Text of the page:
Scott Speed was the last American to run a full F1 season in 2006, and Alexander Rossi made the most recent F1 start by a U.S. driver in 2015. Rossi has said he has no desire to return to racing in Europe after winning the 2016 Indianapolis 500 and becoming an IndyCar championship contender.

But Mario Andretti believes Andretti Autosport has another rising star with F1-caliber ability.

“Colton Herta is one that comes to mind,” Mario Andretti said. “As a young lad, his dad sent him to Europe, he was doing Formula 3, and he knows most of the circuits there. He’s trained. He’s showed in his rookie season and won some premium races at COTA (and Laguna Seca), beat two of the very best Indy has to offer (in) Will Power and Scott Dixon.

“This is one kid I’d love to see him get a break over there to fly the U.S. colors again.”

Herta, 20, seems interested in exploring an F1 leap over the next few years. After winning Sept. 13 at Mid-Ohio from the pole position (his third career victory in the NTT IndyCar Series), the No. 88 Dallara-Honda driver is ranked fourth in the standings in his sophomore year and regarded as one of the series’ top prospects.

Herta recently told RACER.com “I’d love to give Formula 1 a crack” but said he also would be happy driving in IndyCar and IMSA.

A naturalized U.S. citizen who told Petty about spending several years with his family in an Italian refugee camp before coming to America, Mario Andretti said F1 brought an enormous sense of patriotic pride.

“Formula One is like the Olympics in a sense,” he said. “You’re in a different country, a different continent. When you earn that highest step of the podium, they play your national anthem. That’s when you take nothing for granted. You feel like I’m representing my country, and the proudest moments are those.

“I’d just like to see some other American drivers experience that. It’s time.”

Mario Andretti with four-time NASCAR champion Jeff Gordon and six-time Formula One champion Lewis Hamilton before the Nov. 22, 2015 season finale at Homestead-Miami Speedway (Jared C. Tilton/NASCAR via Getty Images).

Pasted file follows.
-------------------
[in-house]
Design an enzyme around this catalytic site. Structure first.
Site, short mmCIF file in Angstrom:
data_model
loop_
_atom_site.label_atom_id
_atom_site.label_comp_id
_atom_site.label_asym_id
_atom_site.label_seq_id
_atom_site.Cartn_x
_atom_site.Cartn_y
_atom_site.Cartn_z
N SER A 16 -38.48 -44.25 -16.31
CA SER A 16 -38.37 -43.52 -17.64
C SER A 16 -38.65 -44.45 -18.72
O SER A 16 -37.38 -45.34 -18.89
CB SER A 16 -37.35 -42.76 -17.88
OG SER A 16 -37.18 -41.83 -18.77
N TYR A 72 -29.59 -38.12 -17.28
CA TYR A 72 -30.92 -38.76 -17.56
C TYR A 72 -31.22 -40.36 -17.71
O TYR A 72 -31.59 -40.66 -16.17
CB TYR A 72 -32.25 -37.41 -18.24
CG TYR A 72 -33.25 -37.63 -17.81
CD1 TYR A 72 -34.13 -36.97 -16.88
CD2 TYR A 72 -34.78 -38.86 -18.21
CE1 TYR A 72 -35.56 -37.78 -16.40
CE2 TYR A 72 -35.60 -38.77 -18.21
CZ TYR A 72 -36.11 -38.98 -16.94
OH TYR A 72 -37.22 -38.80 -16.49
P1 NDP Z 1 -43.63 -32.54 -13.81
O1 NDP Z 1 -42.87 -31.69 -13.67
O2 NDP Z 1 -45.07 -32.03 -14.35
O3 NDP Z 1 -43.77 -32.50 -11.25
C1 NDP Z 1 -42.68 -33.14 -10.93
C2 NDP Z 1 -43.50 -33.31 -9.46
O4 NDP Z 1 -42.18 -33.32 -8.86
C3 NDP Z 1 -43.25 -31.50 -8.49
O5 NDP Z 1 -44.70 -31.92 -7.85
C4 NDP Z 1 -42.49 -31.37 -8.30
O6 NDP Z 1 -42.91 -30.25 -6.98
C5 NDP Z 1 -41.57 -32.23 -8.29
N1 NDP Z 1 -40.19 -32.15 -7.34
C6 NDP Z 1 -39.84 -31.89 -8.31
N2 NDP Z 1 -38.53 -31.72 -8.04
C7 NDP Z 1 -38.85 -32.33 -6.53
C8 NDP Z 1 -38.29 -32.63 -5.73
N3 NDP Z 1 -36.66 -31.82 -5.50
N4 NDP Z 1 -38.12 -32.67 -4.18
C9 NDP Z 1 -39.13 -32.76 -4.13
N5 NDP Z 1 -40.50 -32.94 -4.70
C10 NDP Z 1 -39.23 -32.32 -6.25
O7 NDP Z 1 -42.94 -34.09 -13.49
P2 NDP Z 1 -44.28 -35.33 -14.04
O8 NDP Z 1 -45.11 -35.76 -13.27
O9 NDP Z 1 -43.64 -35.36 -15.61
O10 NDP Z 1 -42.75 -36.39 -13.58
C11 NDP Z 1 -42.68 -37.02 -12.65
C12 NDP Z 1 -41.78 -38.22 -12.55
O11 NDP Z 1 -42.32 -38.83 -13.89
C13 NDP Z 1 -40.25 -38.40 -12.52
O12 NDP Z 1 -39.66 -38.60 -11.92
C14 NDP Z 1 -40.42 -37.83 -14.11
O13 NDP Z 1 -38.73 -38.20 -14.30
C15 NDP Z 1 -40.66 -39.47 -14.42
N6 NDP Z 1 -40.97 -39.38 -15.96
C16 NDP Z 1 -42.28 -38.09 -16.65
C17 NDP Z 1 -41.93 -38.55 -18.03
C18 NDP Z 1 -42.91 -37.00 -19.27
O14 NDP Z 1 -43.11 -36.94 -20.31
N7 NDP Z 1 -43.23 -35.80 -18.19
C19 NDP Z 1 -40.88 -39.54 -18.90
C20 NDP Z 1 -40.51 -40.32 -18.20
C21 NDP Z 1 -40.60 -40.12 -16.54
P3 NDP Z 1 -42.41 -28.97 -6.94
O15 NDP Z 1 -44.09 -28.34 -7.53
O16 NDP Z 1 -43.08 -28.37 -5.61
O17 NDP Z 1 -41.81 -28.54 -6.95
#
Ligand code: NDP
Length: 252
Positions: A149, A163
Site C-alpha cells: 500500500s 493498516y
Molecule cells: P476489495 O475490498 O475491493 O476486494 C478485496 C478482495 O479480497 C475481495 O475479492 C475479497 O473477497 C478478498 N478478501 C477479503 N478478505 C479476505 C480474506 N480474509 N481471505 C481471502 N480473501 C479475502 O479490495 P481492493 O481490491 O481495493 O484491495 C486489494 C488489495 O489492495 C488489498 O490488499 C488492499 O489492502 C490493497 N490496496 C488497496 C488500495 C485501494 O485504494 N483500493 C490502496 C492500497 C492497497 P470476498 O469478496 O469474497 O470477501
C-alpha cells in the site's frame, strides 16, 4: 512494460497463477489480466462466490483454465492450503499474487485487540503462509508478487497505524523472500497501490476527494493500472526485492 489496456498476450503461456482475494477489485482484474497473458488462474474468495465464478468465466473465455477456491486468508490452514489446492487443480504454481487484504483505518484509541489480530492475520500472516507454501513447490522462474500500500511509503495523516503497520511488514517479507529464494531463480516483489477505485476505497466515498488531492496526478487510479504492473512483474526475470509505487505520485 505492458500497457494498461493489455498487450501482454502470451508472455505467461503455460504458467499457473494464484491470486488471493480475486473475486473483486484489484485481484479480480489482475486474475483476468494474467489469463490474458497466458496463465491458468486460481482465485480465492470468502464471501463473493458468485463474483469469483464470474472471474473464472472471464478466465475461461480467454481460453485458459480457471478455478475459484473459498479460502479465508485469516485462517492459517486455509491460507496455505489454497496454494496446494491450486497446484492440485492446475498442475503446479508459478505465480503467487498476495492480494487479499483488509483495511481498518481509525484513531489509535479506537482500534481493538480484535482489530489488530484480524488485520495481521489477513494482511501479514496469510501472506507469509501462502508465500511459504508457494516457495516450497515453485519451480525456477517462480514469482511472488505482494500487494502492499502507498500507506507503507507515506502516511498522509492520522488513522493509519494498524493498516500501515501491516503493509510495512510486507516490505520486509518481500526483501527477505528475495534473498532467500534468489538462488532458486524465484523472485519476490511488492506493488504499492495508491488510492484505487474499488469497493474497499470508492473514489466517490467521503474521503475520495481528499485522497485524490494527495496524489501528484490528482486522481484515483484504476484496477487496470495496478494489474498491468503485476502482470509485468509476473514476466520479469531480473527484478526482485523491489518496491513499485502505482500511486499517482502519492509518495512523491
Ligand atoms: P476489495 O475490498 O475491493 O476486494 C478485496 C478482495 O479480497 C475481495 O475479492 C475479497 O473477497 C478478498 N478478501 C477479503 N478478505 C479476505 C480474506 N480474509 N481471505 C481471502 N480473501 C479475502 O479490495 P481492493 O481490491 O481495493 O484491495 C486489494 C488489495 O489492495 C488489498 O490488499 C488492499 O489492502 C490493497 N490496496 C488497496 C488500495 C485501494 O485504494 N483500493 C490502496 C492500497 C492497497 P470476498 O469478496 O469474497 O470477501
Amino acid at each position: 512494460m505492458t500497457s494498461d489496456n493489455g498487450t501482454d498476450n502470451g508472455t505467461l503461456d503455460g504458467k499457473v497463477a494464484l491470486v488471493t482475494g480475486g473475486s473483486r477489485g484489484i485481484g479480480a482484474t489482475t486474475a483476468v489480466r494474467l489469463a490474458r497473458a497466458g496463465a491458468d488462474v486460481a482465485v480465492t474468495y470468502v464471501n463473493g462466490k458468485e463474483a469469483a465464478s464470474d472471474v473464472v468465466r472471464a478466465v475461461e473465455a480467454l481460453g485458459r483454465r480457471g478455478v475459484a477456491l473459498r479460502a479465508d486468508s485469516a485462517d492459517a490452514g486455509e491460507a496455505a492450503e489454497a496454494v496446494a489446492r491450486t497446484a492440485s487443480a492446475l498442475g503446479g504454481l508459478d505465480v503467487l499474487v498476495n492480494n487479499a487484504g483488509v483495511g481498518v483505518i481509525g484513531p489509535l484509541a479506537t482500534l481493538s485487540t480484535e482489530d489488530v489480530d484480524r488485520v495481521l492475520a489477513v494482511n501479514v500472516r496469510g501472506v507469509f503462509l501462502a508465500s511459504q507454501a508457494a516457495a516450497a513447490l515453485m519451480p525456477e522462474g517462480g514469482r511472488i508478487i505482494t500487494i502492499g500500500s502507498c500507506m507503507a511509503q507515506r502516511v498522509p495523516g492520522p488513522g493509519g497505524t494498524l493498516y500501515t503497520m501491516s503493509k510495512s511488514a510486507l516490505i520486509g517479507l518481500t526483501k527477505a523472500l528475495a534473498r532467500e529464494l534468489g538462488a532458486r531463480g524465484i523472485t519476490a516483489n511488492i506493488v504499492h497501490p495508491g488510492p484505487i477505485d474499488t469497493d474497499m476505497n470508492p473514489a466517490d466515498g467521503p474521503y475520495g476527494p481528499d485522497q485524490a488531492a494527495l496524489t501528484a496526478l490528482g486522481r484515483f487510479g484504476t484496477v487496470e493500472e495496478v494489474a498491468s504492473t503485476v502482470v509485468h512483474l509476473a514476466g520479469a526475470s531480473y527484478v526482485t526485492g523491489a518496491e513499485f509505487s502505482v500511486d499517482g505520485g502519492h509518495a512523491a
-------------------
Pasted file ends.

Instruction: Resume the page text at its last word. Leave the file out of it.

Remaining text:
During the “Coffee With Kyle” conversation, Andretti also discussed:

–His versatility as a winner in IndyCar, sports cars, NASCAR and Formula One;

–His 1967 Daytona 500 victory and how he enjoyed racing with crew chief Jake Elder at the famed Holman-Moody team;

Mario Andretti Colton Herta
Mario Andretti and Kyle Petty saluted “The King” by wearing their Richard Petty-style hats during the latest “Coffee With Kyle” (NBCSN).

–Why he delayed his entry to F1 for a few years because of his earnings power in IndyCar. “I always say I’d race for free, but at the same time, you’re thinking of family and the future,” he said. “It was in the back of your mind that you can’t give up the earning power of IndyCar. That kept me from going full time in Formula One, but I always said that sometime in my career, I’d have to devote a period to Formula One.”

–On what it was like racing in an era when driver deaths were more prevalent. “If you’re going to do this, you’re not going to dwell on those negatives,” Andretti said. “There’s no way. You knew it was present. Especially in the ‘60s at the beginning of the season at the drivers meetings, you couldn’t help but look around and say, ‘I wonder who is not going to be here at the end of the season.’ We’d lose four to five guys. In ’64, we lost six guys.

“It’s something if you dwell on that, you’re going to take on a different profession. It’s a desire and love to want to drive that overcame all that and then the confidence it’s not going to happen to me. And then you pray.”

Watch the full “Coffee With Kyle” episode in the video above or by clicking here.

Mario Andretti looks on before the 103rd Indianapolis 500 on May 26, 2019 (Chris Graythen/Getty Images).